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Full Online Book HomeEssaysThe Rights Of Dogs
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The Rights Of Dogs Post by :MelBalingit Category :Essays Author :Myrtle Reed Date :November 2011 Read :2512

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The Rights Of Dogs

We hear a great deal about the "rights of men" and still more, perhaps, about the "rights of women," but few stop to consider those which properly belong to the friend and companion of both--the dog.

According to our municipal code, a dog must be muzzled from June 1st to September 30th. The wise men who framed this measure either did not know, or did not stop to consider, that a dog perspires and "cools off" only at his mouth.

Man and the horse have tiny pores distributed all over the body, but in the dog they are found only in the tongue.

Any one who has had a fever need not be told what happened when these pores ceased to act; what, then, must be the sufferings of a dog on a hot day, when, securely muzzled, he takes his daily exercise?

Even on the coolest days, the barbarous muzzle will fret a thoroughbred almost to insanity, unless, indeed, he has brains to free himself, as did a brilliant Irish setter which we once knew. This wise dog would run far ahead of his human guardian, and with the help of his forepaws slip the strap over his slender head, then hide the offending muzzle in the gutter, and race onward again. When the loss was discovered, it was far too late to remedy it by any search that could be instituted.

And still, without this uncomfortable encumbrance, it is unsafe for any valuable dog to be seen, even on his own doorsteps, for the "dog-catcher" is ever on the look-out for blue-blooded victims.

The homeless mongrel, to whom a painless death would be a blessing, is left to get a precarious living as best he may from the garbage boxes, and spread pestilence from house to house, but the setter, the collie, and the St. Bernard are choked into insensibility with a wire noose, hurled into a stuffy cage, and with the thermometer at ninety in the shade, are dragged through the blistering city, as a sop to that Cerberus of the law which demands for its citizens safety from dogs, and pays no attention to the lawlessness of men.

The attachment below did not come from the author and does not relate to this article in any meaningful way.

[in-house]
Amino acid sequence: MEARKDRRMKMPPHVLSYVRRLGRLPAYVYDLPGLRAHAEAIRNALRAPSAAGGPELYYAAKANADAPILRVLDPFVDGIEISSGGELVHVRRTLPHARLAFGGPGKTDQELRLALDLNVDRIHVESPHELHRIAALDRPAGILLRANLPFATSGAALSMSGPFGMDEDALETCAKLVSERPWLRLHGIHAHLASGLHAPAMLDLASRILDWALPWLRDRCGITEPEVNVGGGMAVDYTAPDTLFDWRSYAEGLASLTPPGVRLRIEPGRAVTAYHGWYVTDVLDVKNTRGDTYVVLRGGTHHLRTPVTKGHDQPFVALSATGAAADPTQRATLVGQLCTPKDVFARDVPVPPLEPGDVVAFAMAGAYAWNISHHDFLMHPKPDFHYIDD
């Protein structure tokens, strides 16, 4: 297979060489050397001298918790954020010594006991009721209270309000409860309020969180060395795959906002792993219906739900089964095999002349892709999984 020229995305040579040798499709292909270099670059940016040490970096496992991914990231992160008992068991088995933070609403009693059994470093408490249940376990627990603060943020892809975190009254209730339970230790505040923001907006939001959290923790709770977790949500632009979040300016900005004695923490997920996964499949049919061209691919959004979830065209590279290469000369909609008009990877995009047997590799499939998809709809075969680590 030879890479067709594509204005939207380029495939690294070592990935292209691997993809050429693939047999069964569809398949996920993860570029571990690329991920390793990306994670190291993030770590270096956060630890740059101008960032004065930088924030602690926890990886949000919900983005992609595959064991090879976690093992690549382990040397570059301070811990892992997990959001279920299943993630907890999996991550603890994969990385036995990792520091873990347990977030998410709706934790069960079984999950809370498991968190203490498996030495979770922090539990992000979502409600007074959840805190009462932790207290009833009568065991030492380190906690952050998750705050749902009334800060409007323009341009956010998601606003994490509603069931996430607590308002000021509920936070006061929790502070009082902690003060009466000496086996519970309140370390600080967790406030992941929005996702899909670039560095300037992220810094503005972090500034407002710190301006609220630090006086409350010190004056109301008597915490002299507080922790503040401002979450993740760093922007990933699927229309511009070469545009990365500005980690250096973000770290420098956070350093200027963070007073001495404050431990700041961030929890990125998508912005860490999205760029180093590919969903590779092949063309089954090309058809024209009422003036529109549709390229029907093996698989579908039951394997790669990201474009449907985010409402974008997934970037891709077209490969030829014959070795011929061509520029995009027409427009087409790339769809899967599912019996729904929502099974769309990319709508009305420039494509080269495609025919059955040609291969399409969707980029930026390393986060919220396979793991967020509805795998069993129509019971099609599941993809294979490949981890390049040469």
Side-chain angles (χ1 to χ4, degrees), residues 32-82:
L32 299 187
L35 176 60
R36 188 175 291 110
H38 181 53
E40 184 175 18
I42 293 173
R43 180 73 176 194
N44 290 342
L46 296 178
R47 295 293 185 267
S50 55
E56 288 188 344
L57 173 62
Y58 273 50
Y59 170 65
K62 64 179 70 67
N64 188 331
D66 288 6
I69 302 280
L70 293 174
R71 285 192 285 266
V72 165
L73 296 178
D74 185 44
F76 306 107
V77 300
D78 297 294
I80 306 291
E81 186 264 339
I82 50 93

The dog tax which is paid every year is sufficient to guarantee the interest of the owner in his dog. Howells has pitied "the dogless man," and Thomas Nelson Page has said somewhere that "some of us know what it is to be loved by a dog."

Countless writers have paid tribute to his fidelity and devotion, and to the constant forgiveness of blows and neglect which spring from the heart of the commonest cur.

The trained hunter, who is as truly a sportsman as the man who brings down the birds he finds, can be easily fretted into madness by the injudicious application of the muzzle.

The average dog is a gentleman and does not attack people for the pleasure of it, and it is lamentably true that people who live in cities often find it necessary to keep some sort of a dog as a guardian to life and property. In spite of his loyalty, which every one admits, the dog is an absolute slave. Men with less sense, and less morality, constitute a court from which he has no appeal.

Four or five years of devotion to his master's interests, and four or five years of peaceful, friendly conduct, count for absolutely nothing beside the perjured statement of some man, or even woman, who, from spite against the owner, is willing to assert, "the dog is vicious."

"He is very imprudent, a dog is," said Jerome K. Jerome. "He never makes it his business to inquire whether you are in the right or wrong--never bothers as to whether you are going up or down life's ladder--never asks whether you are rich or poor, silly or wise, saint or sinner. You are his pal. That is enough for him, and come luck or misfortune, good repute or bad, honour or shame, he is going to stick to you, to comfort you, guard you, and give his life for you, if need be--foolish, brainless, soulless dog!

"Ah! staunch old friend, with your deep, clear eyes, and bright quick glances that take in all one has to say, before one has time to speak it, do you know you are only an animal and have no mind?

"Do you know that dull-eyed, gin-sodden lout leaning against the post out there is immeasurably your intellectual superior? Do you know that every little-minded selfish scoundrel, who never had a thought that was not mean and base--whose every action is a fraud and whose every utterance is a lie; do you know that these are as much superior to you as the sun is to the rush-light, you honourable, brave-hearted, unselfish brute?

"They are men, you know, and men are the greatest, noblest, wisest, and best beings in the universe. Any man will tell you that."

Are the men whom we elect to public office our masters or our servants? If the former, let us change our form of government; if the latter, let us hope that from somewhere a little light may penetrate their craniums and that they may be induced to give the dog a chance.


(The end)
Myrtle Reed's essay: Rights Of Dogs

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